Chris Riback: Let me ask a little bit of the biology as context that I think will help listeners really understand the power of the work that you're doing. Take me through the process of metastasis. How does it evolve? And what is dormancy? And why is it so hard to learn why cells exit dormancy?
Dr. Angela DeMichele: These are great questions, and we don't have all the answers, but we've learned a lot in the last 10 to 15 years about this process. So, it turns out that there are only some cells that have the ability to become dormant, which essentially means sleeping. And so, these cells are able to escape from the tumor in the breast, travel through the bloodstream, and then ultimately find their way to what we would call a niche or a place that's a welcoming environment. Often that's the bone marrow, but it can be in other places. When the cells arrive in this location, they go to sleep. And I think of it about it like a bear hibernating for the winter where it's kind of going in and it's going to sleep, and it doesn't need any external energy sources. And it's not interacting with anyone in its environment, it's just sitting there, and then it'll wake up when the spring comes.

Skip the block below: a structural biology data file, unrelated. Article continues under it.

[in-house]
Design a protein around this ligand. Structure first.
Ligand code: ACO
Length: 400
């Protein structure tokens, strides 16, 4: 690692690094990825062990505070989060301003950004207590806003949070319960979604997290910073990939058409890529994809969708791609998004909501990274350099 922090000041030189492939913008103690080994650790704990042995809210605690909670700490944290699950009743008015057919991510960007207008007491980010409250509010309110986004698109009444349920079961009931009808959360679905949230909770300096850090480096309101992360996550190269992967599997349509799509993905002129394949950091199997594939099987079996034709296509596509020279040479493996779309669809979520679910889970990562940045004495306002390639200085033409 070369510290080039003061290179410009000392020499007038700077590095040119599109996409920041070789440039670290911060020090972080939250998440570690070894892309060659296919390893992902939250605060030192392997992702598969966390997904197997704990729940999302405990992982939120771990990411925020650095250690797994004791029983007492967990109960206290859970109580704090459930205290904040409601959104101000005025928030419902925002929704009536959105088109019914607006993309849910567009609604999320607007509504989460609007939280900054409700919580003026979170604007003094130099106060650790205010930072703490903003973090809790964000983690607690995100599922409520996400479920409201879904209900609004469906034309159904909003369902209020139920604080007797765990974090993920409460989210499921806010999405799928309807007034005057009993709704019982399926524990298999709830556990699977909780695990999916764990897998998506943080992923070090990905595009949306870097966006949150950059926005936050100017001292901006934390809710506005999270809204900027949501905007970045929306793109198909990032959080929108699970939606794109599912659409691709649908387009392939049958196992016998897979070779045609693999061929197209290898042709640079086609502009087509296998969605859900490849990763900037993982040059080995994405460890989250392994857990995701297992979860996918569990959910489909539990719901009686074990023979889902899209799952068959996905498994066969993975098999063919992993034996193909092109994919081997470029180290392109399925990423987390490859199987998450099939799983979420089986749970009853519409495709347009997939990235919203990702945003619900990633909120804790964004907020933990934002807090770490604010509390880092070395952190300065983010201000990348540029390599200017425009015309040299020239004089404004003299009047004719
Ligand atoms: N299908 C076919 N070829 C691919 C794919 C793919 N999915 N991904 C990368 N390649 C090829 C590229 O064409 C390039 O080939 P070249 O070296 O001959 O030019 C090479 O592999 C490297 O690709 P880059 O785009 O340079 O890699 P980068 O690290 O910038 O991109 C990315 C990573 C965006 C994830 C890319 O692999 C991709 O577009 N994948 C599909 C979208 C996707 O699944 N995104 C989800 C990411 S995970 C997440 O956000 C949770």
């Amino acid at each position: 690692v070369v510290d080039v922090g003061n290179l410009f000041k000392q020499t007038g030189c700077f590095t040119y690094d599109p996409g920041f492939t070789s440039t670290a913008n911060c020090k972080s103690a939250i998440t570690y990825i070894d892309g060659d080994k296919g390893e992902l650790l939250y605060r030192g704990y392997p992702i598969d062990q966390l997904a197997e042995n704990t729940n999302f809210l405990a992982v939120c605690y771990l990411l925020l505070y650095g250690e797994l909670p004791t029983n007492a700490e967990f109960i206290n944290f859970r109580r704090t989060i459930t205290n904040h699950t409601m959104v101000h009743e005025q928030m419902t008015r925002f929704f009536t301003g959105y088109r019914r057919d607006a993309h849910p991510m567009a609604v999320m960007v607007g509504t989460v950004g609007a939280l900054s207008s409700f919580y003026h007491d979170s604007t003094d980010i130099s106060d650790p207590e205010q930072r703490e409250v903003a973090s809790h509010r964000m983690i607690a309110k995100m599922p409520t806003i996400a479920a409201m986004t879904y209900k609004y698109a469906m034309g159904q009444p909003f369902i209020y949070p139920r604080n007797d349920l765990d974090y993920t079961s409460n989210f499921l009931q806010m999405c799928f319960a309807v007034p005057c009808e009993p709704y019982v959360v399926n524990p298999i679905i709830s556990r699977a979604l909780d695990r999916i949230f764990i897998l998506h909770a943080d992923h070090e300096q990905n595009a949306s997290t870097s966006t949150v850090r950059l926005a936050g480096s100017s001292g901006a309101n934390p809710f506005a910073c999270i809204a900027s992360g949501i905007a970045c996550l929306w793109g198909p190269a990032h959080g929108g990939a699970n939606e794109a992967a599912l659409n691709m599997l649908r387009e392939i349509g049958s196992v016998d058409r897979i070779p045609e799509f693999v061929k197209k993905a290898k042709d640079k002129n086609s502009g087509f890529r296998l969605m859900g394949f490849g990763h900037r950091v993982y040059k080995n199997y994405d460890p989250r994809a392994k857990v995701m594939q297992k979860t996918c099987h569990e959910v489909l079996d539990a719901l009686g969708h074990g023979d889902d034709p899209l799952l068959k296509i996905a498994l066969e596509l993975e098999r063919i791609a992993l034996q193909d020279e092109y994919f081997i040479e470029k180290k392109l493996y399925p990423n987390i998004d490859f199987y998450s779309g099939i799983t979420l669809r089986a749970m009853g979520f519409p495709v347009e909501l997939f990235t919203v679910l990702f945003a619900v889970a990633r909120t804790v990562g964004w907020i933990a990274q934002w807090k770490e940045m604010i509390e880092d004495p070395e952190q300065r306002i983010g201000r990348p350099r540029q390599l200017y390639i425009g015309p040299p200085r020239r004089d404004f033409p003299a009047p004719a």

And a lot of what we see with these cells, they go into the dormant state, they sort of power down, the cell's not dividing anymore, all of its electrical systems are turned off. It can sit in this suspended animation for a period of time, and then something triggers it to wake up, power back up, turn all the systems back on, start dividing again, leave that location, go back into the bloodstream and travel to another location.
So, when the cells are in their dormant state, not dividing, we call those disseminated tumor cells or DTCs. When the cells are circulating in the bloodstream, they circulate as circulating tumor cells or CTCs. But we also now have the ability to actually just detect the DNA from those cells. So, you'll hear about a term called circulating tumor DNA or ctDNA, that's the DNA from circulating cells that are dividing, moving their way to another location.